Angela Carter once wrote an essay called “Alison’s Giggle”, which was about the changing representations of women’s sexuality in literature. Alison was the carpenter’s wife in Chaucer’s The Miller’s Tale, written at the end of the 14th century. She finds her husband repulsive and has taken another lover. She humiliates the older and rather ridiculous carpenter by tricking him into kissing her arse. “Tee hee, said she”, Chaucer writes, showing Alison’s glee as she returns to her lover.
But this giggle of a woman’s simple satisfaction at sexually pleasing herself was rarely to be heard again in literature. And, Carter argues, just at the time when women became the authors and narrators of their own stories, from around 1800, sex had become a thing which was not to be talked about by or in front of women.
Two hundred years on we are clearly still struggling with the question of women’s sexuality – exemplified by a year which has seen a series of best selling but badly written, cliché-ridden “soft porn” novels about a virgin falling for an older, rich, devastatingly handsome man – most notably E L James’s Fifty Shades of Grey. Today’s “giggle” is one of embarrassment, blushing and fear – particularly at the idea of a woman pleasing herself.
Which brings me to the film Hysteria – a fictionalised account of the invention of the vibrator. The vibrator was invented by Joseph Mortimer Granville, a London doctor, in the 1880s. It was first promoted as an aid for the relief of muscular pains, but quickly taken up by doctors for the treatment of “hysteria”. This vague term was applied to all kinds of symptoms reported by women – or diagnosed by men – in the 19th century, including unhappiness, restlessness, anxiety and irritability. The treatment was “abdominal massage” to the point of “hysterical paroxysm”. Doctors massaged women to orgasm – yet this was considered a purely physiological, and non-sexual, treatment.
The film takes a very light approach to the subject, with waiting rooms full of sexually frustrated, middle aged, middle class women queuing up to be treated by the dashing young Doctor Granville. This gives the impression that “hysteria” is simply about sexual frustration in a repressed Victorian society, rather than encompassing, among other things, what we would now call depression. It also encourages us to giggle at the concept of the “treatment”.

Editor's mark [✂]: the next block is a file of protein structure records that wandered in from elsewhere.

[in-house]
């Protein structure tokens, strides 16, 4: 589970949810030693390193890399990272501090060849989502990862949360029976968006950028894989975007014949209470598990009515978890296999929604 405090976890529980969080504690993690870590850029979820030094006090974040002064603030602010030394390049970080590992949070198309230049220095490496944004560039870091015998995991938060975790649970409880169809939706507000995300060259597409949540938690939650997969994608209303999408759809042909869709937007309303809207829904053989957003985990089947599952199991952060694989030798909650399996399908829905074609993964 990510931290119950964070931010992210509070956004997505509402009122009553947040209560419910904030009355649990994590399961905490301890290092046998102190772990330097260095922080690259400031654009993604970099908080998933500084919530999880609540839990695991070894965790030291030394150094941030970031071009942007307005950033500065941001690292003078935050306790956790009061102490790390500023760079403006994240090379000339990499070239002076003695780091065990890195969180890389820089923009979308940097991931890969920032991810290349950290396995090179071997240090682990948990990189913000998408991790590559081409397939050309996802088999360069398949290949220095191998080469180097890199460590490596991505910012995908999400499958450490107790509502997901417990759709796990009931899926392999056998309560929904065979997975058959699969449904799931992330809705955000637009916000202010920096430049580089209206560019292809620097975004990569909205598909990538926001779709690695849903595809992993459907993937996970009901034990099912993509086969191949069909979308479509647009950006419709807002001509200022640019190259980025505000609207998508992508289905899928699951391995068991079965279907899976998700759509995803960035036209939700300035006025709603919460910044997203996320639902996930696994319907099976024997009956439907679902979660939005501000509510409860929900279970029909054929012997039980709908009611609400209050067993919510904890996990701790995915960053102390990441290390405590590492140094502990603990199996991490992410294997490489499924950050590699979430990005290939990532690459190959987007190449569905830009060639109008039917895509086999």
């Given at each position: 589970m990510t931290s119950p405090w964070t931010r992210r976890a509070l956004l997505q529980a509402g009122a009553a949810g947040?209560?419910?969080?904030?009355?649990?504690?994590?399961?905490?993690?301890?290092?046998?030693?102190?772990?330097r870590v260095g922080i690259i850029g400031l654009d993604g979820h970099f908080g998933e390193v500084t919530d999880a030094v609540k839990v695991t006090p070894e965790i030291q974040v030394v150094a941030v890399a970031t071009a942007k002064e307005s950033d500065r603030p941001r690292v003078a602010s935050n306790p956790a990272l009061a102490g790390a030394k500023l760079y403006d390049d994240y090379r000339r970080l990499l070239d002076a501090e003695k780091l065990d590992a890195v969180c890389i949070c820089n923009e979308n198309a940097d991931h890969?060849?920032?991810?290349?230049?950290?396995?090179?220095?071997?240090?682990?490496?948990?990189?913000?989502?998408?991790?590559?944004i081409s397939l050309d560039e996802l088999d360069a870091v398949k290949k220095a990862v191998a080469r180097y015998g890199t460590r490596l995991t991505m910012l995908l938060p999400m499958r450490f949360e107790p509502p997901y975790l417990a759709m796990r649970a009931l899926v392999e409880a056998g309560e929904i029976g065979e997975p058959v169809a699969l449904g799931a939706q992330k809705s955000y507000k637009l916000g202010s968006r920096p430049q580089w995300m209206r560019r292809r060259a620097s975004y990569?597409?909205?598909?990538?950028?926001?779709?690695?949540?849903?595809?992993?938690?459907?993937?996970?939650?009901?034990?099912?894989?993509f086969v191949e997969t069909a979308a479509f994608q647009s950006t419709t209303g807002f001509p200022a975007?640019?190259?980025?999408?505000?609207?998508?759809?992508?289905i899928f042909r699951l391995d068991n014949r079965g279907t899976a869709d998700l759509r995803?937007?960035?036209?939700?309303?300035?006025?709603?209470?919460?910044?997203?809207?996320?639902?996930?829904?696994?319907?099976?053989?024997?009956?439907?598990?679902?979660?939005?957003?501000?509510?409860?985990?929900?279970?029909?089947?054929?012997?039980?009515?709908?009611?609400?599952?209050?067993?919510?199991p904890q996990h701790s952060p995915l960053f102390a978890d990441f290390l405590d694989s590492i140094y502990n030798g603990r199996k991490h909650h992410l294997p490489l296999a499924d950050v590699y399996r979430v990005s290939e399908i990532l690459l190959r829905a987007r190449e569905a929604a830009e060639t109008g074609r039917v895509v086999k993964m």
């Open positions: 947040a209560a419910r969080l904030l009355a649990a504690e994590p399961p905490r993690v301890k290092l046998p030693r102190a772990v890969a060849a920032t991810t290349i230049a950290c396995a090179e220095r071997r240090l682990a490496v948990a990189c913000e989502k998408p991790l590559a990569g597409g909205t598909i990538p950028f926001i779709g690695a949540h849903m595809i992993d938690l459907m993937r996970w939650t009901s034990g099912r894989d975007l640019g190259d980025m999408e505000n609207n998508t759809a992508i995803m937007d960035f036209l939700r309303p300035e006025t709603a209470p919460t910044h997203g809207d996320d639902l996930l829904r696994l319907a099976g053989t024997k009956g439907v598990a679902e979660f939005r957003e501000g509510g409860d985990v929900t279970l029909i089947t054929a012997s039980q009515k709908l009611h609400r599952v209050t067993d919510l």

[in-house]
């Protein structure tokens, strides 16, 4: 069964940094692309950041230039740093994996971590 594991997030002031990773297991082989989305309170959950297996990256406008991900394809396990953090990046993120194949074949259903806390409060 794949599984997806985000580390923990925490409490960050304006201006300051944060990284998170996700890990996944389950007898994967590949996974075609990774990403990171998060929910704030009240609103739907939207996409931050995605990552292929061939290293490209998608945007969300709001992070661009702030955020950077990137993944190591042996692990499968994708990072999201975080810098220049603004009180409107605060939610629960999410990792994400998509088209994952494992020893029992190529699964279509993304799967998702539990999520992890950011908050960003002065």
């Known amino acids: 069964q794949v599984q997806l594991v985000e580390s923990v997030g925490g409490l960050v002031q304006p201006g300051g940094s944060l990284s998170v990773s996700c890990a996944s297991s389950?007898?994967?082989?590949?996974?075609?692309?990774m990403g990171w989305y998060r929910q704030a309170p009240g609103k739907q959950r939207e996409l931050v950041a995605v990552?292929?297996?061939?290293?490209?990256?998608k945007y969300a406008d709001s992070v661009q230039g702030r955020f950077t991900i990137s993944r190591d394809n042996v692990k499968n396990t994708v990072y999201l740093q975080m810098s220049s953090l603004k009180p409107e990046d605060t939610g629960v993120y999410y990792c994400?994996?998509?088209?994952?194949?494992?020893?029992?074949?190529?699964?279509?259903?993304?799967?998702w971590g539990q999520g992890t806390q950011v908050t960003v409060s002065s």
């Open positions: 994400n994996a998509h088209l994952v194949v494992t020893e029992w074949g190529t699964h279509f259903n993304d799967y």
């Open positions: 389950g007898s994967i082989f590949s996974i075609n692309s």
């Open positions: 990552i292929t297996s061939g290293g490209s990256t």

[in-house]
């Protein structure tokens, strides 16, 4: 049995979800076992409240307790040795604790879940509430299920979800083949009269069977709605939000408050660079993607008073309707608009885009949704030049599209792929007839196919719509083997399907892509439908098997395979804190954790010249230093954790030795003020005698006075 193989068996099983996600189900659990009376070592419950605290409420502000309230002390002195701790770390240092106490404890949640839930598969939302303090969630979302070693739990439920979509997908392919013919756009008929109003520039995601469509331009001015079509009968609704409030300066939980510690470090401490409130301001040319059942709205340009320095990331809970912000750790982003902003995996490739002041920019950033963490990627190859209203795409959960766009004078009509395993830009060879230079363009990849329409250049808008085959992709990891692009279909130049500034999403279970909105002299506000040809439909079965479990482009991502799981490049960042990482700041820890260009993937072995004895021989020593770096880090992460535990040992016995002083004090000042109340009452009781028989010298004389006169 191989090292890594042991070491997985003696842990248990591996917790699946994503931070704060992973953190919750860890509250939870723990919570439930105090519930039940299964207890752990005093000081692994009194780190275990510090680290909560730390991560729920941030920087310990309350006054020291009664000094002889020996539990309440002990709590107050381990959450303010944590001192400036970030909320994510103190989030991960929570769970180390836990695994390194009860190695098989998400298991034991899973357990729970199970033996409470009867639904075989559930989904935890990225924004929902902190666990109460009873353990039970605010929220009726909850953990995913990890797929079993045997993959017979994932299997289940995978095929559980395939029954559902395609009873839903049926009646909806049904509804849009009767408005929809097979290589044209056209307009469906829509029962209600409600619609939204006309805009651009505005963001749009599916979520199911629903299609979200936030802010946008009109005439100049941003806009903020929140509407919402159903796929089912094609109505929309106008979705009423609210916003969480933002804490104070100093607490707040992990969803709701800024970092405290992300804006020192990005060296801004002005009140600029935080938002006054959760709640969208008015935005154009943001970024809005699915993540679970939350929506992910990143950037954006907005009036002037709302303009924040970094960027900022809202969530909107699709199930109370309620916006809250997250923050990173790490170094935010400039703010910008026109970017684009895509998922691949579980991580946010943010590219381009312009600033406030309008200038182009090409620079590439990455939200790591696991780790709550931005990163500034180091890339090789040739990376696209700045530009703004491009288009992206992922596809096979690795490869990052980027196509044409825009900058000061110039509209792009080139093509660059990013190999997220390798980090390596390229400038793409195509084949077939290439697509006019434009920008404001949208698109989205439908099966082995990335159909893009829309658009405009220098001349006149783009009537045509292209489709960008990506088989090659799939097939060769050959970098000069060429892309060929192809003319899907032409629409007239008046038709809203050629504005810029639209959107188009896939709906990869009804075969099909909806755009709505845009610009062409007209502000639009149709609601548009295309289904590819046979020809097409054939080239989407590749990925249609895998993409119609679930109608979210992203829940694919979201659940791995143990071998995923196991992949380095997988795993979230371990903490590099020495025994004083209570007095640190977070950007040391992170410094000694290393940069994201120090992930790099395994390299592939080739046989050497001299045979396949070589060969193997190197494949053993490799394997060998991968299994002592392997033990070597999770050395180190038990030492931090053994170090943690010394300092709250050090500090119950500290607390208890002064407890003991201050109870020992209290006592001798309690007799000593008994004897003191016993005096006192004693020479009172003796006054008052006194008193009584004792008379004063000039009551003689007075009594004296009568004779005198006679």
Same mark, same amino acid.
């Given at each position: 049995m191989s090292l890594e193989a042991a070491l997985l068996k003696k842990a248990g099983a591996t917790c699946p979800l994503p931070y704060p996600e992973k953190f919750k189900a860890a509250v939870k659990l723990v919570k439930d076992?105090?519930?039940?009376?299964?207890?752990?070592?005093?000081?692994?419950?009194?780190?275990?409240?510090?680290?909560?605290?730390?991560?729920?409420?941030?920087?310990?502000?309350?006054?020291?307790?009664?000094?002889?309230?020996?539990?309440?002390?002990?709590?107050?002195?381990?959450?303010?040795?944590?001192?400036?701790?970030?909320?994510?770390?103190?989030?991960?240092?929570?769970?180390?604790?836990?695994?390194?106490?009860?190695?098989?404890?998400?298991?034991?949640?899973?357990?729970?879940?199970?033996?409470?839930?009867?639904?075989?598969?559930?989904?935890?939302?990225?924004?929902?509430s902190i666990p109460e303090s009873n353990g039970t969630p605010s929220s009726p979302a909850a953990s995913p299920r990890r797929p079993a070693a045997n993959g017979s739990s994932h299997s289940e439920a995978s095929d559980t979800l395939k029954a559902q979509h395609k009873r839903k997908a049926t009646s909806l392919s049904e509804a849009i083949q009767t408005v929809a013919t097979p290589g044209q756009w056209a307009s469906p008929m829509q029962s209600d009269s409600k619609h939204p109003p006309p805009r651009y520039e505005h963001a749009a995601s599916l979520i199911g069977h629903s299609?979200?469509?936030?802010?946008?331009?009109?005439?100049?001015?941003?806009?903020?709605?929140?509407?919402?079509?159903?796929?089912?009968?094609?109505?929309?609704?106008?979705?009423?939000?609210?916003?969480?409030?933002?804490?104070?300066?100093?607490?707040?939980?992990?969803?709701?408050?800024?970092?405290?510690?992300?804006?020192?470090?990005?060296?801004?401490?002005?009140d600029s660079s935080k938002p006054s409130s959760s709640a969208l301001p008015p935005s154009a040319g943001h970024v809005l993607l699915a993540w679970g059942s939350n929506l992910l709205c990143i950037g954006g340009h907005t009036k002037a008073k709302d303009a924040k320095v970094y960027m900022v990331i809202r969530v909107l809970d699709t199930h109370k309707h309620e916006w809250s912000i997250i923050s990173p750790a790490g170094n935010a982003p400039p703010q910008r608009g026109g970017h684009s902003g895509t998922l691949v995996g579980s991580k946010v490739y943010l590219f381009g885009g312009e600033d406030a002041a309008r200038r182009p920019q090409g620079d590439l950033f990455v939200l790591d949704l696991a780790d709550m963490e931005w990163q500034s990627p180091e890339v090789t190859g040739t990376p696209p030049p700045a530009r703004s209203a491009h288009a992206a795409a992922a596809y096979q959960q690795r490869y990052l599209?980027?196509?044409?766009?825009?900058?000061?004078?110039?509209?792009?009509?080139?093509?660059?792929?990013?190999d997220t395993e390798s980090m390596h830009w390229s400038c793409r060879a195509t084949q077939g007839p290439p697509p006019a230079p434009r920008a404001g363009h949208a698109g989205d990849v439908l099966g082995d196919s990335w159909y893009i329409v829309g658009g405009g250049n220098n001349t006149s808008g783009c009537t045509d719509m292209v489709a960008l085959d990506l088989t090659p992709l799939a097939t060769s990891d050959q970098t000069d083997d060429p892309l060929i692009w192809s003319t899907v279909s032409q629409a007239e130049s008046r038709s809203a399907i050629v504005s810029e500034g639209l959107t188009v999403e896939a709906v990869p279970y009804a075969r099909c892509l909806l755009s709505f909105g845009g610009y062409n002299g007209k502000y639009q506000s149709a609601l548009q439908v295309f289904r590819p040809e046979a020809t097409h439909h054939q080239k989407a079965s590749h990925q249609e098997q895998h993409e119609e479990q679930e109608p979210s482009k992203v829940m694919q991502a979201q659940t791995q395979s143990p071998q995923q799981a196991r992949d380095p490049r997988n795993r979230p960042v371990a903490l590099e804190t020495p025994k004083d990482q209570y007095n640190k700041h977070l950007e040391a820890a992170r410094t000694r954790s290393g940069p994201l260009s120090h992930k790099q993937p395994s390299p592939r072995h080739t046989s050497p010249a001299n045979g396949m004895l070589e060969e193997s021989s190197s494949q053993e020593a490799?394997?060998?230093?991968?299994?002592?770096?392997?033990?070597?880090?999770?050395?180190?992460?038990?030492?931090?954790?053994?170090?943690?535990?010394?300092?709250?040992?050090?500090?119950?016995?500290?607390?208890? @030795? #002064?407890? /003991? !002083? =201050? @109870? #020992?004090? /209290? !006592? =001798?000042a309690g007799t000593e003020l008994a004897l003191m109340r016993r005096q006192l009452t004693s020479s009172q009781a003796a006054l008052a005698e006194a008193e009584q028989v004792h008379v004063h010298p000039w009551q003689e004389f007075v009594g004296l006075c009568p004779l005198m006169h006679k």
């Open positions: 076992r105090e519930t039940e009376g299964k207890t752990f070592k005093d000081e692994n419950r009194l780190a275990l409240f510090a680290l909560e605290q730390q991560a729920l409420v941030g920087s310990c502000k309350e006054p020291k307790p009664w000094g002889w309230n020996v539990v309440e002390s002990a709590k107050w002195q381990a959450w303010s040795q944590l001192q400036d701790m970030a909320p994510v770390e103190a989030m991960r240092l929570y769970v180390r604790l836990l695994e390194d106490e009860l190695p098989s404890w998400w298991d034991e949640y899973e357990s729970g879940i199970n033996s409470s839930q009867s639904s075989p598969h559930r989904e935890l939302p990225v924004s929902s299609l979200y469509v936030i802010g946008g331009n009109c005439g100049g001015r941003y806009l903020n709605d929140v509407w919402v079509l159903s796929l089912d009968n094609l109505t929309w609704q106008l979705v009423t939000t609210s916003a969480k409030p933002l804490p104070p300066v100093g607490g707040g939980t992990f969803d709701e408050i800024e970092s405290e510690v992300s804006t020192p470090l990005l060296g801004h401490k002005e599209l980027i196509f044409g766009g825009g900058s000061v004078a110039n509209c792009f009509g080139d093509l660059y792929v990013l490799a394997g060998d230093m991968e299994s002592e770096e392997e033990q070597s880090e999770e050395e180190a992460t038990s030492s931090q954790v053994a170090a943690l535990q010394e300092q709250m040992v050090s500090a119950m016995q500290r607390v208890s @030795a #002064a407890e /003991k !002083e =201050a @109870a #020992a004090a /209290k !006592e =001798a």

The character of Charlotte, played by Maggie Gyllenhaal, is an attempt to take issues up more seriously. She is a middle class reformer who has founded a “settlement house” in the East End providing social services and education to the poor. She denounces the diagnosis of hysteria as a catch-all for women’s real dissatisfaction with their restricted lives – her response is to fight for the vote and for education and healthcare for all. She also punches a copper in the face. You have to love her.
Hysteria is a likeable costume comedy, though it feels more like well-made Sunday evening TV than cinema. But the fact that even something as mild as this took years to find funding from the money men at the top of the film companies, and that a film that should be a profound tale of women’s oppression and potential for liberation is as mild as this, shows how much there still is to fight for.
A familiar concept with a twist
The impact of industrial agriculture
A film that deserves its acclaim